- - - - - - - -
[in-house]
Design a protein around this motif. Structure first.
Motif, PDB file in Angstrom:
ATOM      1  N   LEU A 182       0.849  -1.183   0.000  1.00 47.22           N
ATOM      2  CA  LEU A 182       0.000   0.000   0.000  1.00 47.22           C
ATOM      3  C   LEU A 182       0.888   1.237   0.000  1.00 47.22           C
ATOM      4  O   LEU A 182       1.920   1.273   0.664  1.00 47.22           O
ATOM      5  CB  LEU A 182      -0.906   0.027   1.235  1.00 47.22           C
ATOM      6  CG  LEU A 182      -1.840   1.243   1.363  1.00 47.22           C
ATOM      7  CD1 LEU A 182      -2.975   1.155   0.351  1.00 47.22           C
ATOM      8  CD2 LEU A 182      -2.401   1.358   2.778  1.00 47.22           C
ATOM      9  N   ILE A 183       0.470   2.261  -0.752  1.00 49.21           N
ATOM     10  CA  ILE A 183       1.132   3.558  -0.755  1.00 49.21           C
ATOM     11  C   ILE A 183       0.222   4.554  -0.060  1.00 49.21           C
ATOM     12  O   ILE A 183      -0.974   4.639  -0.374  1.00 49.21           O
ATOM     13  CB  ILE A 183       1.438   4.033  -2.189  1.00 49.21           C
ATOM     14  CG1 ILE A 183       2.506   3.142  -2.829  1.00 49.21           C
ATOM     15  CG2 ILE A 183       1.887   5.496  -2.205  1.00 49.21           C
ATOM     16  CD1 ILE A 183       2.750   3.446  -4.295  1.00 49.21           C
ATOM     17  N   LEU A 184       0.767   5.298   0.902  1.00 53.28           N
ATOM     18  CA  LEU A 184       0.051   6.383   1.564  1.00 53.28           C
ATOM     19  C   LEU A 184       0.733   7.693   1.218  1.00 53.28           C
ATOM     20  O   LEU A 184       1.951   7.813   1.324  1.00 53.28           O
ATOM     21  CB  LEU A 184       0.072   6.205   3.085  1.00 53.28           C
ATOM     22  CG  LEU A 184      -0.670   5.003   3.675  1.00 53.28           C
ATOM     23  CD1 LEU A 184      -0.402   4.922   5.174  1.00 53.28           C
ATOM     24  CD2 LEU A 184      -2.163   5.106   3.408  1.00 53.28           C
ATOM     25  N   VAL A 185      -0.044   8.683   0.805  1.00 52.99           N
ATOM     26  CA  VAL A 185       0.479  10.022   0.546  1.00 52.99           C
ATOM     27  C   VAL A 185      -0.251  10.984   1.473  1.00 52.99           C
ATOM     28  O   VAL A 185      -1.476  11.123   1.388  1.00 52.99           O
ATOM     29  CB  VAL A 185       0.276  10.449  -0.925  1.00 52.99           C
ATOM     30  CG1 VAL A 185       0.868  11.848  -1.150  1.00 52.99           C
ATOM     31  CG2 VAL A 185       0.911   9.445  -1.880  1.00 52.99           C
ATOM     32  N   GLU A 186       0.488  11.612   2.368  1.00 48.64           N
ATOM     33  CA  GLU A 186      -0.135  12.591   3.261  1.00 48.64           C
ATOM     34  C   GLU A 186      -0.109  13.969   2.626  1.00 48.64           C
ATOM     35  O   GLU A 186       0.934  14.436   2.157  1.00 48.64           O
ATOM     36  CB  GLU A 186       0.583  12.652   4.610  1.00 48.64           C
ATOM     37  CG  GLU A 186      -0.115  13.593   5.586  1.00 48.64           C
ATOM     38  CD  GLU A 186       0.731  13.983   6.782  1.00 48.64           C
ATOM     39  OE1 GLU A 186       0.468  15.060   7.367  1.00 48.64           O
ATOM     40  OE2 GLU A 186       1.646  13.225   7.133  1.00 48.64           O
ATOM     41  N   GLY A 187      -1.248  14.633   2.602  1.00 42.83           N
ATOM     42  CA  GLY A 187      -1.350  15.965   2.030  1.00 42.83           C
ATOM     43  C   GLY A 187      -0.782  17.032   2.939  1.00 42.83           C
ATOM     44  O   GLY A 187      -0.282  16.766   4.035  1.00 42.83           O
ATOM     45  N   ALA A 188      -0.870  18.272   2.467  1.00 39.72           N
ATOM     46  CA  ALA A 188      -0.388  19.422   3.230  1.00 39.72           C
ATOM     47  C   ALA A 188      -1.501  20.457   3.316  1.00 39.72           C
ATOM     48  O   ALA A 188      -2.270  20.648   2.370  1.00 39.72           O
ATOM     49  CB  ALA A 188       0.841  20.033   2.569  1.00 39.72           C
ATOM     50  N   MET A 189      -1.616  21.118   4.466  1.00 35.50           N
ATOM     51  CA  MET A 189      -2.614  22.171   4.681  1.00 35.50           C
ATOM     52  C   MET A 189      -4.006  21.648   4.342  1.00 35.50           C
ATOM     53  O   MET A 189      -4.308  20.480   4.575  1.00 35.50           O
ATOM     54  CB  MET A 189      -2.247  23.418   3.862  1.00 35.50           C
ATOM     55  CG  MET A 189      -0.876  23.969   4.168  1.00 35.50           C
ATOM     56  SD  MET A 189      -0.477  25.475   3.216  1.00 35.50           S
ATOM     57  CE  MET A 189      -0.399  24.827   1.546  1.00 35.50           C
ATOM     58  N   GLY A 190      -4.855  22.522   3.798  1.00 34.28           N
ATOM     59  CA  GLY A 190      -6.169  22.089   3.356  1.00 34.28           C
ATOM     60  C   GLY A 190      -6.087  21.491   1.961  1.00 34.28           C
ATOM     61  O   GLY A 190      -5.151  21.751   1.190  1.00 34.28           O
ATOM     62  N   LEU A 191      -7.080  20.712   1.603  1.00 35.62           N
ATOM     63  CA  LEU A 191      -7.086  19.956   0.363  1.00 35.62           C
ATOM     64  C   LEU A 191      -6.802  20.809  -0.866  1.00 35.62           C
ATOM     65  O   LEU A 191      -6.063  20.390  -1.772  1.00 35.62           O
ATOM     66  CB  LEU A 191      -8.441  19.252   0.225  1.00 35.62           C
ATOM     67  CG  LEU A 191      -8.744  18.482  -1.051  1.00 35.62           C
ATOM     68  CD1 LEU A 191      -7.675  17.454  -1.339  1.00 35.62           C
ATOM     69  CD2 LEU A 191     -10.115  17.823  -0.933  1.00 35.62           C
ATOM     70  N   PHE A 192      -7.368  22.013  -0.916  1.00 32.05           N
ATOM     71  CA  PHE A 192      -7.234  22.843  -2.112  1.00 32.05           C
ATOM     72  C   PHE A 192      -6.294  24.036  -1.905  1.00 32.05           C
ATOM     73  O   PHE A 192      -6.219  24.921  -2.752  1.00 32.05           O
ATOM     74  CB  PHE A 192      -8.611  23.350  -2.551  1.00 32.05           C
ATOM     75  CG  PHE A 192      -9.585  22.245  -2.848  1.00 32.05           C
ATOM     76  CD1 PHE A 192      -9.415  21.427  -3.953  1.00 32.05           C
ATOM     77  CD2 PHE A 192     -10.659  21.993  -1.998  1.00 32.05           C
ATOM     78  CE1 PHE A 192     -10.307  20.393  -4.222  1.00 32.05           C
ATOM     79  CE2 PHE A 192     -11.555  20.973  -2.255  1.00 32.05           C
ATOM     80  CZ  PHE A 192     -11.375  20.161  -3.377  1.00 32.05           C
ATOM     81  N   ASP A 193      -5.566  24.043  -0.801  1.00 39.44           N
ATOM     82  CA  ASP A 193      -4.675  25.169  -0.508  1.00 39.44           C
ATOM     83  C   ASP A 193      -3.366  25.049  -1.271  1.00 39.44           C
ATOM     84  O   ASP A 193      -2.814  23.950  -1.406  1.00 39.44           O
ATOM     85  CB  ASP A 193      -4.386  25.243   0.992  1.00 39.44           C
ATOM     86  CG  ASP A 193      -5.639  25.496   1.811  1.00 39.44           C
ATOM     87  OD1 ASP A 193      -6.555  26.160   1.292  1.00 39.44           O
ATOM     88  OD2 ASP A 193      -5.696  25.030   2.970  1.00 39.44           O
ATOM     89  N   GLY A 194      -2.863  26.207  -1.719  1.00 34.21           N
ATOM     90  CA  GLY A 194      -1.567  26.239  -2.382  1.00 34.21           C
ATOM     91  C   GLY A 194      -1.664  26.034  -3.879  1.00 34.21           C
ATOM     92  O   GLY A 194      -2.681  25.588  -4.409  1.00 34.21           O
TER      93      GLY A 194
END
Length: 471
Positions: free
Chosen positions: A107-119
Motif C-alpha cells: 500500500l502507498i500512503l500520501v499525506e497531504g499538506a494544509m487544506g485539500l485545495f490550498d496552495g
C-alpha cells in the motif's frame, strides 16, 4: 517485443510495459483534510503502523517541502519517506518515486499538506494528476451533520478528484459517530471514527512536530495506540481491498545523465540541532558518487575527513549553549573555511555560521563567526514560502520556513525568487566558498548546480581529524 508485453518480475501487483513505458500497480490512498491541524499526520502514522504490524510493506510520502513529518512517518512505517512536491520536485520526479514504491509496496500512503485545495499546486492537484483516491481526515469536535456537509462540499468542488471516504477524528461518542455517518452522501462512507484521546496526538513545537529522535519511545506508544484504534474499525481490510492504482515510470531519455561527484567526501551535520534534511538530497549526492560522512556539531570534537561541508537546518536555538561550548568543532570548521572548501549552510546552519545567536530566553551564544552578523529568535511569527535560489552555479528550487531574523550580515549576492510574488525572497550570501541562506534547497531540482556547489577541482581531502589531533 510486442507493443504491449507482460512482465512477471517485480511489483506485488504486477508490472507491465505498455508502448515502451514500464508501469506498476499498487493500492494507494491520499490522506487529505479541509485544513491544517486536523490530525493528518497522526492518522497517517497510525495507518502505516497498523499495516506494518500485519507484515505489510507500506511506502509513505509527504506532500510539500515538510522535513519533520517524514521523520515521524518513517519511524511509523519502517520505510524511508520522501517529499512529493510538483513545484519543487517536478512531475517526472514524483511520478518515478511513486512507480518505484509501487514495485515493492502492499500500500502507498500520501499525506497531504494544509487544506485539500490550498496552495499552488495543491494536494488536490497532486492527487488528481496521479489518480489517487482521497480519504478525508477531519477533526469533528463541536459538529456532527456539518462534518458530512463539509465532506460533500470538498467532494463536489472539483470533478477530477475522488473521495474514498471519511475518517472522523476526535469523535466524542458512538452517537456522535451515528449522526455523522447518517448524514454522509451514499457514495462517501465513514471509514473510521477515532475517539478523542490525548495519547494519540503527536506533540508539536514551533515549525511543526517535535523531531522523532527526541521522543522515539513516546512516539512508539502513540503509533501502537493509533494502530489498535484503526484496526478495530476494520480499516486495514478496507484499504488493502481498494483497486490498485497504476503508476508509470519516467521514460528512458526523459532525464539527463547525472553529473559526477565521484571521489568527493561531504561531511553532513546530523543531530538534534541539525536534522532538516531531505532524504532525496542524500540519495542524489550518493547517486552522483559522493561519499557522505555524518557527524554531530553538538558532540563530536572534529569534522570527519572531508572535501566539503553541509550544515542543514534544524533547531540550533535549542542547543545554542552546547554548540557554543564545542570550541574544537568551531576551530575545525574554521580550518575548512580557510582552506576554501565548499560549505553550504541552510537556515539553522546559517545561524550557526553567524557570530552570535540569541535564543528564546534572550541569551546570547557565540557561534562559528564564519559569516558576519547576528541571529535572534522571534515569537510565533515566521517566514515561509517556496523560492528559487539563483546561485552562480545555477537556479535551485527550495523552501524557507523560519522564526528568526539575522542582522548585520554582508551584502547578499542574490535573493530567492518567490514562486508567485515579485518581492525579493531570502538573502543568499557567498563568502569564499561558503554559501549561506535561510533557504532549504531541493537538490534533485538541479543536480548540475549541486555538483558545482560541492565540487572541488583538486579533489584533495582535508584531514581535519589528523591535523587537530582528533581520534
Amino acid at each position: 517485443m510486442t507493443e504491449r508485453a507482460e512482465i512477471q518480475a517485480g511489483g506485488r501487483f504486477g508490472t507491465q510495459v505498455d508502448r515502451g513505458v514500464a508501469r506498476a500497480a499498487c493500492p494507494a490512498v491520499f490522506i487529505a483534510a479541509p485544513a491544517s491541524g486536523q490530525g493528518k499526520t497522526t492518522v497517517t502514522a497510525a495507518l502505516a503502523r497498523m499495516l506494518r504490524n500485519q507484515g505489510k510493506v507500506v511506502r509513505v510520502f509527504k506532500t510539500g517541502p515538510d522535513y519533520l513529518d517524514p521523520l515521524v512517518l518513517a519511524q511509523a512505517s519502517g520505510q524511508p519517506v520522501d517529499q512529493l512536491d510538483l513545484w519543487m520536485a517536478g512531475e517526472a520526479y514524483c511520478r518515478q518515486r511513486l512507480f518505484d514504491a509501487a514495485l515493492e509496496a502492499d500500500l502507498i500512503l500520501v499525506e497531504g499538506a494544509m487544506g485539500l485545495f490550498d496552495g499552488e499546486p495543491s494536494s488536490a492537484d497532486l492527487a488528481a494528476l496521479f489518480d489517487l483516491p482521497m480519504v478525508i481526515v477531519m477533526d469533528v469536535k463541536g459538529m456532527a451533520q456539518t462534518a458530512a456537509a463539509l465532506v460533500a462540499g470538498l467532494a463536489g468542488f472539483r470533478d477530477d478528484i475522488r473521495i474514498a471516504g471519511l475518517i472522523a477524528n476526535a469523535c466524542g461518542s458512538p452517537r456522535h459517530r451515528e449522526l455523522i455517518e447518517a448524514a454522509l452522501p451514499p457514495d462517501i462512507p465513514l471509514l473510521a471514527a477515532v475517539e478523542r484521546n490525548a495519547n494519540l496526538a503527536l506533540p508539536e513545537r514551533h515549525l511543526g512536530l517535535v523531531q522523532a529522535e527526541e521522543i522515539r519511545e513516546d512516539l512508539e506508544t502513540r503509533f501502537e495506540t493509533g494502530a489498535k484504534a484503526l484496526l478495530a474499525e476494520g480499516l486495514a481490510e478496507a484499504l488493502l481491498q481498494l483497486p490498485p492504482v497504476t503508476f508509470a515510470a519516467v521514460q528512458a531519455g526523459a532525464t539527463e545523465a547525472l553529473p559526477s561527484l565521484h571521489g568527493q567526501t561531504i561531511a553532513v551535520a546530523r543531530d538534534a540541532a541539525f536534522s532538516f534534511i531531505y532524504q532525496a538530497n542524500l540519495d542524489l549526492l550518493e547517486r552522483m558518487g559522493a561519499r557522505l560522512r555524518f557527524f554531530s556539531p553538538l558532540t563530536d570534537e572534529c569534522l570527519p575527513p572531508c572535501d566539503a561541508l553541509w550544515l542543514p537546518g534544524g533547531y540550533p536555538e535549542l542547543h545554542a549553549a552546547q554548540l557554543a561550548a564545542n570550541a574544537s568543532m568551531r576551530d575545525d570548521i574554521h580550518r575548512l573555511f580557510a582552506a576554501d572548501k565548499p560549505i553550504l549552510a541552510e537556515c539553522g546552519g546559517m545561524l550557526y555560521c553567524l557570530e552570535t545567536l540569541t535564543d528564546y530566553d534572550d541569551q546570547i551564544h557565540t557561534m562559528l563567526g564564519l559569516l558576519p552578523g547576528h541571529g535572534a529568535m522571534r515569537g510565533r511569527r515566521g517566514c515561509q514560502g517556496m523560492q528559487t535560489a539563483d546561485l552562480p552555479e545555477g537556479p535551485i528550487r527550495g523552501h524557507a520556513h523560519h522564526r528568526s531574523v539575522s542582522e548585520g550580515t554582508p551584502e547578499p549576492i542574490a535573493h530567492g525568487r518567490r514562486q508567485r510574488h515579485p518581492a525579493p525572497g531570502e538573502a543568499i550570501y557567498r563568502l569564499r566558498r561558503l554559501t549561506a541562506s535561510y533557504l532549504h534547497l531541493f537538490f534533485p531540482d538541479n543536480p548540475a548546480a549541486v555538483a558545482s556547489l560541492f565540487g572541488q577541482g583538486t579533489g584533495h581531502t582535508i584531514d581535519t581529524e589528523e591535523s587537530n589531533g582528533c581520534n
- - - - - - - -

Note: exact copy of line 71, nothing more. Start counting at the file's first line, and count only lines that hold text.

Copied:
ATOM     68  CD1 LEU A 191      -7.675  17.454  -1.339  1.00 35.62           C